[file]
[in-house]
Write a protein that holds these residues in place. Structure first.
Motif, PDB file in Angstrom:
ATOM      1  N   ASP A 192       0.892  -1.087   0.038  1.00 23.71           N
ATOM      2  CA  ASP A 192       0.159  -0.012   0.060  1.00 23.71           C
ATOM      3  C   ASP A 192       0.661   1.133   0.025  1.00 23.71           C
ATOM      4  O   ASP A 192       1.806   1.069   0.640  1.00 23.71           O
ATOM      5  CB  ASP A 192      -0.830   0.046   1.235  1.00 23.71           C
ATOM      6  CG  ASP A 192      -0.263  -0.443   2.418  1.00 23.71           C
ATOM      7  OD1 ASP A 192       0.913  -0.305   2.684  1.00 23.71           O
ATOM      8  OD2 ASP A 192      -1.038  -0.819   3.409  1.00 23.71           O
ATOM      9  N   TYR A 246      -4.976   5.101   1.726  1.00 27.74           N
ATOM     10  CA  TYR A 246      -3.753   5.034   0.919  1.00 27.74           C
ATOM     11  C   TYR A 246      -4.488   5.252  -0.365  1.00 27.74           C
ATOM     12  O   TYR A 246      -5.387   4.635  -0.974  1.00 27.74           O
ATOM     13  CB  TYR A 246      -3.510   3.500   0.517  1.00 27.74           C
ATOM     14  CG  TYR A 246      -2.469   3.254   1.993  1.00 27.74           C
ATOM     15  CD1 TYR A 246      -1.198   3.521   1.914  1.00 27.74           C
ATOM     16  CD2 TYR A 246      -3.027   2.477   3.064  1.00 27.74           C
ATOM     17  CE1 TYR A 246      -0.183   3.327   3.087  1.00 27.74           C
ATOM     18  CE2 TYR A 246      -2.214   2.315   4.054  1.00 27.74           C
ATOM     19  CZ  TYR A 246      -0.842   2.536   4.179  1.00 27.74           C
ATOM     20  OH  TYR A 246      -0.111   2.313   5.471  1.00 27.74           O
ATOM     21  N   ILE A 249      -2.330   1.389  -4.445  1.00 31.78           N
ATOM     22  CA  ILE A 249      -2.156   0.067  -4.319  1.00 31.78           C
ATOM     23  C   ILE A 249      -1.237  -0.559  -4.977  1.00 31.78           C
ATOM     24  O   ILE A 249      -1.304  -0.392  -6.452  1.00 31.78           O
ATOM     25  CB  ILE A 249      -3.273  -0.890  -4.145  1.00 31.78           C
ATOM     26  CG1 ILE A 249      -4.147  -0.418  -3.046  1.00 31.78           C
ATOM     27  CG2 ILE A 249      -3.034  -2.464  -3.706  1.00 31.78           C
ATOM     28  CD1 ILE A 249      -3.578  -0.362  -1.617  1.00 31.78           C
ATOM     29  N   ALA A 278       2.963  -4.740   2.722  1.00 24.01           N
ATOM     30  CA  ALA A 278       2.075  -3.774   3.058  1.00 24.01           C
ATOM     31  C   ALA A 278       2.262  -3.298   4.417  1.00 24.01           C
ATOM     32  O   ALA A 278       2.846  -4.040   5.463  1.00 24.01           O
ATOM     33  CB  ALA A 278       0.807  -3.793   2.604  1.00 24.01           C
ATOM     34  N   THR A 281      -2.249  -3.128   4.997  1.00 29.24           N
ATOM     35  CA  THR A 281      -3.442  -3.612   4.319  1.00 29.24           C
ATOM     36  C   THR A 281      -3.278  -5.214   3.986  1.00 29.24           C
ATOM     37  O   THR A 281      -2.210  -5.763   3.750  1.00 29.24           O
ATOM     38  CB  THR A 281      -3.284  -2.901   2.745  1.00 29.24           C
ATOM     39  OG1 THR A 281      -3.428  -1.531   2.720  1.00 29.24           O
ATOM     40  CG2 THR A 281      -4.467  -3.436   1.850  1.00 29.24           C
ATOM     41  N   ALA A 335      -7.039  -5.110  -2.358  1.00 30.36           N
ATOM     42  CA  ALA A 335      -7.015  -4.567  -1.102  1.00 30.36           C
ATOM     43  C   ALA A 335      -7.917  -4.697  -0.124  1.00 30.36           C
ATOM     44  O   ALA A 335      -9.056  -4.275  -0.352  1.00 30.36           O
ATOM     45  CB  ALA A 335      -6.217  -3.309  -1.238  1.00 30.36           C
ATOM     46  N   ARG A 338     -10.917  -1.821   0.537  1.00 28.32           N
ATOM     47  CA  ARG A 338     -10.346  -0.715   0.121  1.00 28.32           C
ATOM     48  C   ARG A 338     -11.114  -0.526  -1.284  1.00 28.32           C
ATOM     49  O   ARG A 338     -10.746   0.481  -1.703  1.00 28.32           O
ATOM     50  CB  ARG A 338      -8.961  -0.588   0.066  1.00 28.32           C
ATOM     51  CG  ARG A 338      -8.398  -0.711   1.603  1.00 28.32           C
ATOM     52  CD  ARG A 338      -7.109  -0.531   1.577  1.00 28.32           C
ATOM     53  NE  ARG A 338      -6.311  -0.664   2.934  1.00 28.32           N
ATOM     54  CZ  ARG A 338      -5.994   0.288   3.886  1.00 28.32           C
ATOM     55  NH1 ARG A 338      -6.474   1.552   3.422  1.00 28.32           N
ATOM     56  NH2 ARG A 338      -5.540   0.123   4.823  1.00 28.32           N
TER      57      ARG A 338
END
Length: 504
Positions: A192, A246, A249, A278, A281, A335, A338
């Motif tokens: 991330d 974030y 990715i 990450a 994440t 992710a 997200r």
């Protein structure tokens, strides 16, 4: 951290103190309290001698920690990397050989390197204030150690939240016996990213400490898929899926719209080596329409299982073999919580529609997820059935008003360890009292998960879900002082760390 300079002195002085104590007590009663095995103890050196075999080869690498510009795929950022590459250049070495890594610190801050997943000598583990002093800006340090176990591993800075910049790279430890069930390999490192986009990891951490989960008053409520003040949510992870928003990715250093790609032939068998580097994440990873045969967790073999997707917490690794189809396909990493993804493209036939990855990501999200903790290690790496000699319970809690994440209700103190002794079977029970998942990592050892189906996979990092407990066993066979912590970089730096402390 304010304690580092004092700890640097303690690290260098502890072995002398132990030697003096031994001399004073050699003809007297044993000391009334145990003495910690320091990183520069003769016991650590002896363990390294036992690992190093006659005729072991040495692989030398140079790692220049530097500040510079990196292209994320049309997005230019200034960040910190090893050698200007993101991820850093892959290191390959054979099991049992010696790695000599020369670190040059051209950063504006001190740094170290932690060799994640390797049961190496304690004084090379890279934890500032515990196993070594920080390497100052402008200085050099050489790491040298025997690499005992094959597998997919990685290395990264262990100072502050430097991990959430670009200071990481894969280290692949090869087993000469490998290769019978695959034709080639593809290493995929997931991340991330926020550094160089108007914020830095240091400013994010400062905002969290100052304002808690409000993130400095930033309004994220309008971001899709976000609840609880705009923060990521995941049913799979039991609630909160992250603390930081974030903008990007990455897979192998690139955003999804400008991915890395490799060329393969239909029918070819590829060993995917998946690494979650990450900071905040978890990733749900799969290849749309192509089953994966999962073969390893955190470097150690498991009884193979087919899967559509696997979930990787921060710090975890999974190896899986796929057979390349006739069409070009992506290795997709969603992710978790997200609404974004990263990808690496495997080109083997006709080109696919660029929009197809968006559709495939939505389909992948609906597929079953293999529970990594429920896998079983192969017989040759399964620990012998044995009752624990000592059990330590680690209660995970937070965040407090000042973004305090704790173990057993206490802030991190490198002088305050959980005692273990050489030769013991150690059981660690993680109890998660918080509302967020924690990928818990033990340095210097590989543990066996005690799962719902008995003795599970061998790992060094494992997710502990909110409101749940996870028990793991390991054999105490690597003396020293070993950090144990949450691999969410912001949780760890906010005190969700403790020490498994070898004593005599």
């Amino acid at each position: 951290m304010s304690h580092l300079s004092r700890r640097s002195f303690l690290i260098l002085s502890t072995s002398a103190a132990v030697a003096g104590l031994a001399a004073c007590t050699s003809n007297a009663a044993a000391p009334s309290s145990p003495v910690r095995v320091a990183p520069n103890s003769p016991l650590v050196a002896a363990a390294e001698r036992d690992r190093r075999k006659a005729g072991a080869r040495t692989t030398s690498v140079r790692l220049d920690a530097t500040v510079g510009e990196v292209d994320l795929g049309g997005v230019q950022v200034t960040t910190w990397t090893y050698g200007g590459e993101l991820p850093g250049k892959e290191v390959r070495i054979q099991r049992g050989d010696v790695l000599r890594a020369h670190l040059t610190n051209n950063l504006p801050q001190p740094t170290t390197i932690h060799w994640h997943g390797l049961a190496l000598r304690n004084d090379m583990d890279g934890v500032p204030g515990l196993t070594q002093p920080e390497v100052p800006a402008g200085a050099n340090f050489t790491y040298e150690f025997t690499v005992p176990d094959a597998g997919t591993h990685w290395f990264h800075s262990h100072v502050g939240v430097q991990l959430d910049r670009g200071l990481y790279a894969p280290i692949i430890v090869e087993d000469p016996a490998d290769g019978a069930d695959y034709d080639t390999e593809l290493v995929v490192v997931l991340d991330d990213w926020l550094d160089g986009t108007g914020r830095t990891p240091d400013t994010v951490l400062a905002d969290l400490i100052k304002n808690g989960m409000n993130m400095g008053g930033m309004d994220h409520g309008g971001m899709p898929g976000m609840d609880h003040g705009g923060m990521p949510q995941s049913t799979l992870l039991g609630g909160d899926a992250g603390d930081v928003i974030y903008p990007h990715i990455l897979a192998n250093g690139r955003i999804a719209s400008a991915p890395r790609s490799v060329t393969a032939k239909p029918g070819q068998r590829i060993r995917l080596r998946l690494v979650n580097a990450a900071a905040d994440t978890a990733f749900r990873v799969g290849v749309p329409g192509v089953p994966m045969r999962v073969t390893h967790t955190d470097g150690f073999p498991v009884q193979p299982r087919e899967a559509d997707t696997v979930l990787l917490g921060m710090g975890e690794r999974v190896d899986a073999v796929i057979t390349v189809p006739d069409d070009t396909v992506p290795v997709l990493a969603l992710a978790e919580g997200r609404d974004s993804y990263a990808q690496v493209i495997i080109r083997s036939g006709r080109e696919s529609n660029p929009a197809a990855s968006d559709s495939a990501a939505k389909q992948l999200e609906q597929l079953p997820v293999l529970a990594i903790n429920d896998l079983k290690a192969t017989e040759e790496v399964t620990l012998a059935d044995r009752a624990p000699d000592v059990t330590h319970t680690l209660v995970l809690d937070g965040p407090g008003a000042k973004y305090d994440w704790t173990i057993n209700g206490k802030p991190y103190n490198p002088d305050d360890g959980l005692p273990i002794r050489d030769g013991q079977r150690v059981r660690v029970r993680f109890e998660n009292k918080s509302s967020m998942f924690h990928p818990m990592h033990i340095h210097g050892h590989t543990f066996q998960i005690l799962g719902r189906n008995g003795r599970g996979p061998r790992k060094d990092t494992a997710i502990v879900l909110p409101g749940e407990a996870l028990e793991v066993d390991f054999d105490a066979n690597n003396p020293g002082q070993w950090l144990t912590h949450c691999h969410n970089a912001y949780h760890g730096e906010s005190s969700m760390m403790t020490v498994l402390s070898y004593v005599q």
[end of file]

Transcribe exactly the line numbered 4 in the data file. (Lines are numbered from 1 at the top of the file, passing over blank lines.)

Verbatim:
ATOM      1  N   ASP A 192       0.892  -1.087   0.038  1.00 23.71           N